President of the Virginia Institute for Public
Policy, publisher of Virginia Viewpoint.
Gov. Mark R. Warner believes that Virginia’s AAA
bond rating is threatened by the depletion of the
state’s reserve fund and declining revenues.
The governor claims that increasing the
overall tax burden on Virginia’s families by about
$1 billion will solve the problem.
really should know better.
Virginia’s bond rating, like your own
credit rating, assesses revenues and obligations.
Most pundits talk as if the Common-
rating existed in isolation, but that is not the
credit rating process considers the total
burden falling on the taxpayer from all sources.
In Virginia, a complex web of legal decisions
and statutes disfranchises taxpayers, freeing
irresponsible public officials to bury our children,
our grandchildren, and us under mountains of debt.
real threat to Virginia’s AAA bond rating is
profligate debt issuance.
Higher taxes are not going to solve the
commonwealth’s bond rating is, like your personal
credit rating, an assessment of the probability of
conditions affecting revenues and existing debt
burden drive the rating process.
We all know Virginia’s economy suffered in
the last few years. The
economic downturn affected the entire nation.
The explosion of state and local borrowing in
recent years is not so well known.
economic conditions change, credit rating analysts
assess how a state reacts and how quickly it does
so. In June,
all three rating agencies confirmed Utah’s AAA
rating, citing careful economic monitoring, quick
and aggressive action when shortfalls were
identified, and moderate levels of debt.
While keeping its commitment to education,
Utah made difficult choices, reducing spending,
postponing capital construction, and employing sound
fiscal management to reduce its budget and debt
Virginia’s budget and debt burdens have grown.
The commonwealth’s direct debt burden is
only part of the problem.
Overlapping debt, including authority debt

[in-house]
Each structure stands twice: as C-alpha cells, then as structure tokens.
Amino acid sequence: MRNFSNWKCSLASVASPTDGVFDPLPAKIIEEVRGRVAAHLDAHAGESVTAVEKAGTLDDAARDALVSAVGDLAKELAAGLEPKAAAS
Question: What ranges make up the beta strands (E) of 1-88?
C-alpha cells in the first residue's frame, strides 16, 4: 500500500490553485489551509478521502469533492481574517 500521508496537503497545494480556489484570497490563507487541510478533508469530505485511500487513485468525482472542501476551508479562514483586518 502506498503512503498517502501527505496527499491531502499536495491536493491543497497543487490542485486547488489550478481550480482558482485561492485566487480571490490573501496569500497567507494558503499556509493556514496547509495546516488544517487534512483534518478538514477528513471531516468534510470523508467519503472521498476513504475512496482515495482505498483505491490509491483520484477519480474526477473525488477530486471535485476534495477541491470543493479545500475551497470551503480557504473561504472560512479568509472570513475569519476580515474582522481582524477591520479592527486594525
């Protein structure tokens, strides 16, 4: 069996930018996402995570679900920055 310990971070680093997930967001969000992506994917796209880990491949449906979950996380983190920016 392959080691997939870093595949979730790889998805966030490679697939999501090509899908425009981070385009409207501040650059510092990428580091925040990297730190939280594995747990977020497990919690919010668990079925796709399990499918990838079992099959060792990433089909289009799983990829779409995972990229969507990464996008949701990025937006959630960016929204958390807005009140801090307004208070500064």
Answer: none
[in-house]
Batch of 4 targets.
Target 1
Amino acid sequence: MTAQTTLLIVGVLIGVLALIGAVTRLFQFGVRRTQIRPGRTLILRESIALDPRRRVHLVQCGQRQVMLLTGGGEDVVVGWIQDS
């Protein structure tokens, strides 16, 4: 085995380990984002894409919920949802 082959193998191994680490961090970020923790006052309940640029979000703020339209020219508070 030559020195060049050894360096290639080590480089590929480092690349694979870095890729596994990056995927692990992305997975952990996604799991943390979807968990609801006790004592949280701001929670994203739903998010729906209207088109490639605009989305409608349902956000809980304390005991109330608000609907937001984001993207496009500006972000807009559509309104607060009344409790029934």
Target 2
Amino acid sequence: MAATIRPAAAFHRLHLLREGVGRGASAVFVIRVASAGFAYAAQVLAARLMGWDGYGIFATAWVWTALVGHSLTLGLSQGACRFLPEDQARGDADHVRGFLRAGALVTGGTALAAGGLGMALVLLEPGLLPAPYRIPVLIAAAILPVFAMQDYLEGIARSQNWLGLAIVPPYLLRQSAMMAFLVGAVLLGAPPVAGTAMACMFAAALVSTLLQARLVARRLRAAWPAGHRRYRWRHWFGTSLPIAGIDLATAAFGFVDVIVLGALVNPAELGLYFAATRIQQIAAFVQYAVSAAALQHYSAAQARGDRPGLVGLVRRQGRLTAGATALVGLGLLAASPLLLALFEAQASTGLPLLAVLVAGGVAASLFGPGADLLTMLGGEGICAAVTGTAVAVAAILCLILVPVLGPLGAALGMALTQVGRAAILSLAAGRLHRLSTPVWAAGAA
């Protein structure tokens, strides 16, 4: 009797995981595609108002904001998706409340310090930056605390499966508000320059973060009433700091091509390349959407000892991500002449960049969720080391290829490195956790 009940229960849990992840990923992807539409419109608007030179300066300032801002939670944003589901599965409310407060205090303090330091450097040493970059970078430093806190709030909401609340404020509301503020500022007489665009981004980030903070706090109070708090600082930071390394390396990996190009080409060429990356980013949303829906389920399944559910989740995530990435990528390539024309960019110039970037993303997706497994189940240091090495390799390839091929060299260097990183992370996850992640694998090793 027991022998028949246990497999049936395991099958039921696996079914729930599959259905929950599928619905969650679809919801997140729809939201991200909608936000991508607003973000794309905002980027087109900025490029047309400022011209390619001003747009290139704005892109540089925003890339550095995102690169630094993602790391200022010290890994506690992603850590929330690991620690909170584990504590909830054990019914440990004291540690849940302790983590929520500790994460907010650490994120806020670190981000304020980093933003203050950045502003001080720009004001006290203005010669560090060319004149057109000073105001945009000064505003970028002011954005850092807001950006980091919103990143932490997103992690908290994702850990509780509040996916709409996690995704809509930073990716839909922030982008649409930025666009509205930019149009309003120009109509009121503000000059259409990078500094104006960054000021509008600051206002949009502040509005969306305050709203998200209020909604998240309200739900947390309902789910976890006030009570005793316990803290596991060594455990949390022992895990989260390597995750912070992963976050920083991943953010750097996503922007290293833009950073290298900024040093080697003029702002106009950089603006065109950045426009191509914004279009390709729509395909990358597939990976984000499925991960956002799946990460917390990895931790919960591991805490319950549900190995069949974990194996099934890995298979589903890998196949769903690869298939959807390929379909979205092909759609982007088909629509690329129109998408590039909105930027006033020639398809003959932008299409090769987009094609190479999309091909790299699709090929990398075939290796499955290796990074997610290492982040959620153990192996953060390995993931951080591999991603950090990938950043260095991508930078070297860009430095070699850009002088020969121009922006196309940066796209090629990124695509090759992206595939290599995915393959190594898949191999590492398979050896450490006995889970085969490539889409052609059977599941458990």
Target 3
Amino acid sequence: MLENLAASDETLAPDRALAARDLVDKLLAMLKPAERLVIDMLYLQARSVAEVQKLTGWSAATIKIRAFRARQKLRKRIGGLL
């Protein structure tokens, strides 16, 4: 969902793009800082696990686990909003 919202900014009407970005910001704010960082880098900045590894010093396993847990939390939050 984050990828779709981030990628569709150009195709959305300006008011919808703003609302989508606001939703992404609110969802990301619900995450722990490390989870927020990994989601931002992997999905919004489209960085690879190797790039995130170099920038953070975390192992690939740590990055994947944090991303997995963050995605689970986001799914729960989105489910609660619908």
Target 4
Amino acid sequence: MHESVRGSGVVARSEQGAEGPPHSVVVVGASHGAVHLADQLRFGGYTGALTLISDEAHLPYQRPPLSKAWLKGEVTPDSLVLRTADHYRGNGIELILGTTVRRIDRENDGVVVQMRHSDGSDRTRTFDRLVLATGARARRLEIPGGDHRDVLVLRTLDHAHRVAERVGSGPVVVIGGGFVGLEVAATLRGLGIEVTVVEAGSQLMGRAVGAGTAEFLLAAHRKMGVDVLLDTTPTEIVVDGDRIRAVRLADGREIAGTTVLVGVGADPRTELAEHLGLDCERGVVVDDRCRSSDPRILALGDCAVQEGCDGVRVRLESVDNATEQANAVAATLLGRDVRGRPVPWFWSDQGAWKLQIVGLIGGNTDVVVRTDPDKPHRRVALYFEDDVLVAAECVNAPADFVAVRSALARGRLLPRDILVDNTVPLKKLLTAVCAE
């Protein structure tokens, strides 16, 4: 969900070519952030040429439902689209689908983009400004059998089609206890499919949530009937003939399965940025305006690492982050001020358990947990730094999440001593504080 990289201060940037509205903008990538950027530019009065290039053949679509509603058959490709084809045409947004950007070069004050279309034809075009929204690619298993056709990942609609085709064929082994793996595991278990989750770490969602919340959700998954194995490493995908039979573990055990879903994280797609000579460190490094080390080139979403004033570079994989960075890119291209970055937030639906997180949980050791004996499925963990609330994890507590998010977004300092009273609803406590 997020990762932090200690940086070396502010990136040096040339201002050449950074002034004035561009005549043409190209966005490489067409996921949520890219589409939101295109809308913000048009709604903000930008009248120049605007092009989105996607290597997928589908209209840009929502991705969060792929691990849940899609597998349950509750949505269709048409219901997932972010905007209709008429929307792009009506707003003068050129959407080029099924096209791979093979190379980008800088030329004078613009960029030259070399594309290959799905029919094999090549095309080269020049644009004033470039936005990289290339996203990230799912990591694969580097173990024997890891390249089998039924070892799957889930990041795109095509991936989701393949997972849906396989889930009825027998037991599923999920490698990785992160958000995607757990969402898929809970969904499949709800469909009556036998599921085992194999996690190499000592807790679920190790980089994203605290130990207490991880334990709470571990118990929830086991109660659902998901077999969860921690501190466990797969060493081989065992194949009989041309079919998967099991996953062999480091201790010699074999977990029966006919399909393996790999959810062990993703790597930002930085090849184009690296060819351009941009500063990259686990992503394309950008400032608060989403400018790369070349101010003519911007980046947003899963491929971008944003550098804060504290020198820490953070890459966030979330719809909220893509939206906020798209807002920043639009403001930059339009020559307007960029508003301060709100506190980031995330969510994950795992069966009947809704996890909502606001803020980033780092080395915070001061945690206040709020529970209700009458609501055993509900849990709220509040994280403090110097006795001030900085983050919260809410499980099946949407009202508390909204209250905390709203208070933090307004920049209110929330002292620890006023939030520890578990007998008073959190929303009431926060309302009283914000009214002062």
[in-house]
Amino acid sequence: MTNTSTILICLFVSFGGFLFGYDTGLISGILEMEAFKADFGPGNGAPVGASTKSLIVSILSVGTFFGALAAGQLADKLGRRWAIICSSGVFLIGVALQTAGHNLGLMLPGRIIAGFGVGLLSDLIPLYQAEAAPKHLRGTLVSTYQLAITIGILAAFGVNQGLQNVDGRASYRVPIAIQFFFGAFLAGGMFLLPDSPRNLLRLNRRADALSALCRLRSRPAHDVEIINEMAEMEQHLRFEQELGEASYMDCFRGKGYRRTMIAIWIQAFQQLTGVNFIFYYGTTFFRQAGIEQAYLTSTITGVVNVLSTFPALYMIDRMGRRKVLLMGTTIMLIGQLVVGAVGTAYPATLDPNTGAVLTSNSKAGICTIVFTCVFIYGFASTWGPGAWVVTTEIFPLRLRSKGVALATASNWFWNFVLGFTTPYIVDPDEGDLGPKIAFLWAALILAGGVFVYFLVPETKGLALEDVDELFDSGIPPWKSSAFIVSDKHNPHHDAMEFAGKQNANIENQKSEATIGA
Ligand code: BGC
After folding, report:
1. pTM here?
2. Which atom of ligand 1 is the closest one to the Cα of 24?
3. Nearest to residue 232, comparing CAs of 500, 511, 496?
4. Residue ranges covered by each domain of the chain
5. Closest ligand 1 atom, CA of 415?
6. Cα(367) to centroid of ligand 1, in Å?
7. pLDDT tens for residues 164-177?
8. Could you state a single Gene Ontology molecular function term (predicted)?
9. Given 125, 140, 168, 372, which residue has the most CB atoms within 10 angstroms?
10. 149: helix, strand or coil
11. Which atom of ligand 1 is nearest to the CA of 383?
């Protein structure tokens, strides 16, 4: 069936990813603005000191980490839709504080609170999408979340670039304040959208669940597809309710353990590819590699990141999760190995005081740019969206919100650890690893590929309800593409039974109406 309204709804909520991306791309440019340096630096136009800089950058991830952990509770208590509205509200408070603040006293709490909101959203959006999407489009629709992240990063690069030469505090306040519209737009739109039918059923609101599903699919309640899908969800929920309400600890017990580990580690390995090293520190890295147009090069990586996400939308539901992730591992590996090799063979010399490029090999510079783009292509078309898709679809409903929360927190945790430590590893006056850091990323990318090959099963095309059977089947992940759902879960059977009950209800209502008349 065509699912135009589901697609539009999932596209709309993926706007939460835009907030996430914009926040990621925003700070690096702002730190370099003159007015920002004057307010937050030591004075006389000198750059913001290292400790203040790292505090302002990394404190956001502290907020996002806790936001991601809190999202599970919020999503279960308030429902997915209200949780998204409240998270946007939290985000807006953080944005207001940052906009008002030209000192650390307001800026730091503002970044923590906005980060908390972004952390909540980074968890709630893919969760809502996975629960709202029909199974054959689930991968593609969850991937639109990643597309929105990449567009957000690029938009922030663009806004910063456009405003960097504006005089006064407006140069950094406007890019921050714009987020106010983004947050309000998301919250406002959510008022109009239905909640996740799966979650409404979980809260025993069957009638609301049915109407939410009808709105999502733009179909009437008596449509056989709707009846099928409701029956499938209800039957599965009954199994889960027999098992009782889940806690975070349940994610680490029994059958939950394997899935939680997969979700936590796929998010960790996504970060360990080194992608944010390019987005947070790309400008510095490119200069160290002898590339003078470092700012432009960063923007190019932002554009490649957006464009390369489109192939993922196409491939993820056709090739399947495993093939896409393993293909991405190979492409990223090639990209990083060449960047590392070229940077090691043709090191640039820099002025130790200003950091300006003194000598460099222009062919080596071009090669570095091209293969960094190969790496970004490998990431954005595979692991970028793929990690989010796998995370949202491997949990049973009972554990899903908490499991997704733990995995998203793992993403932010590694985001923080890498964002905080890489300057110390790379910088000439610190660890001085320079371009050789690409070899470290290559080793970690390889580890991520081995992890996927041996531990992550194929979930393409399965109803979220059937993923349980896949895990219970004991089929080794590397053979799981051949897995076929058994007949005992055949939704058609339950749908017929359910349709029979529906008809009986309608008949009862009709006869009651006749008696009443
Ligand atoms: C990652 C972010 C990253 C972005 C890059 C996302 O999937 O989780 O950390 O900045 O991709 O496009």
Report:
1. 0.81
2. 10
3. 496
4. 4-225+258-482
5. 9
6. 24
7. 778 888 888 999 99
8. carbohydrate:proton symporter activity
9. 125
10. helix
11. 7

and local government obligations, grew even faster.
Why is Virginia’s bond rating in jeopardy?
Because rating agencies think the Virginia
taxpayer is in danger of becoming overburdened.
Higher taxes hardly solve the problem.
Warner is eager to tell Virginia’s taxpayers about
the “rating crisis”.
What he apparently forgets is that the
commonwealth’s general obligation rating was not
placed on the watch list for a possible downgrade
solely because of the GO debt burden.
Many ties link Virginia’s GO rating to
obligations citizens cannot control.
their recent announcement, rating agency analysts
made it clear that the commonwealth’s AAA GO
rating was placed on the watch list "in
conjunction with" the Virginia Localities
Intercept Program. The
commonwealth uses the Intercept Program to guarantee
payment on defaulted local government GO bonds.
Defaulted GO bonds issued by the cities of
Bristol, Franklin, and Pulaski and the counties of
Lunenburg, Prince George, and Warren totaling about
$29 million currently weight down Virginia’s
credit rating, and budget, as a result.
Essentially, these local governments injected
fixed costs into the state budget without
the Intercept Program is only the tip of the iceberg
because GO bonds represent only a small part of the
total debt burden. As
a direct result of the outrageous debt issuance
practices described in the Virginia Institute for
Public Policy’s recent
report, authorities and local governments, with
Richmond’s blessing, run wild, burying taxpayers
under mountains of unnecessary debt.
The commonwealth’s disenfranchised voters
have almost no control over most debt issued in
look at just a few examples.
In December 2003, Pocahontas Parkway bonds
dropped into junk territory, to BB from BBB-minus,
and remain on the watch lists of all three rating
action affects $355 million of the Authority’s
outstanding bonds. The
commonwealth is one “partner” in the Authority.
Virginia Resources Authority bonds totaling $61.9
million were downgraded last year.
According to rating agency analysts, the
Authority looks more like “an over-collateralized
airport deal than a revolving fund, which is what
this was set up to be."
This bait-and-switch puts the
commonwealth’s taxpayer on the hook because
VRA’s bonds are guaranteed by a “moral
This wink-and-a-nod method of avoiding
citizen oversight, invented in New York State and
now illegal there, somehow lives on in Virginia.
The growing number of local authority bond
defaults in the commonwealth and skyrocketing
burdens imposed by failed industrial revenue bond
issues, compounds the problem.
a final insult, Virginia’s citizens must endure,
and pay for, debt hiding under the convenient
fiction that lease-backed bonds are not really debt.
The delusion originated in Virginia’s
in Richmond, apparently including Gov. Warner, like
the fantasy enough to look the other way when
citizens, hoping to re-establish some hint of sanity
in government debt issuance, protest and sue to
preserve a vestige of public control over
Warner claims, “It would be wrong to deny our
responsibility to our children and grandchildren.”
I agree, but the problem is not going to be
solved by giving the debt junkies another fix.
If the governor is serious, he can safeguard
the commonwealth’s credit rating by stemming the
tide of debt that threatens to drown future
generations and forget about raising taxes that only
add to the existing burden.
February 16, 2004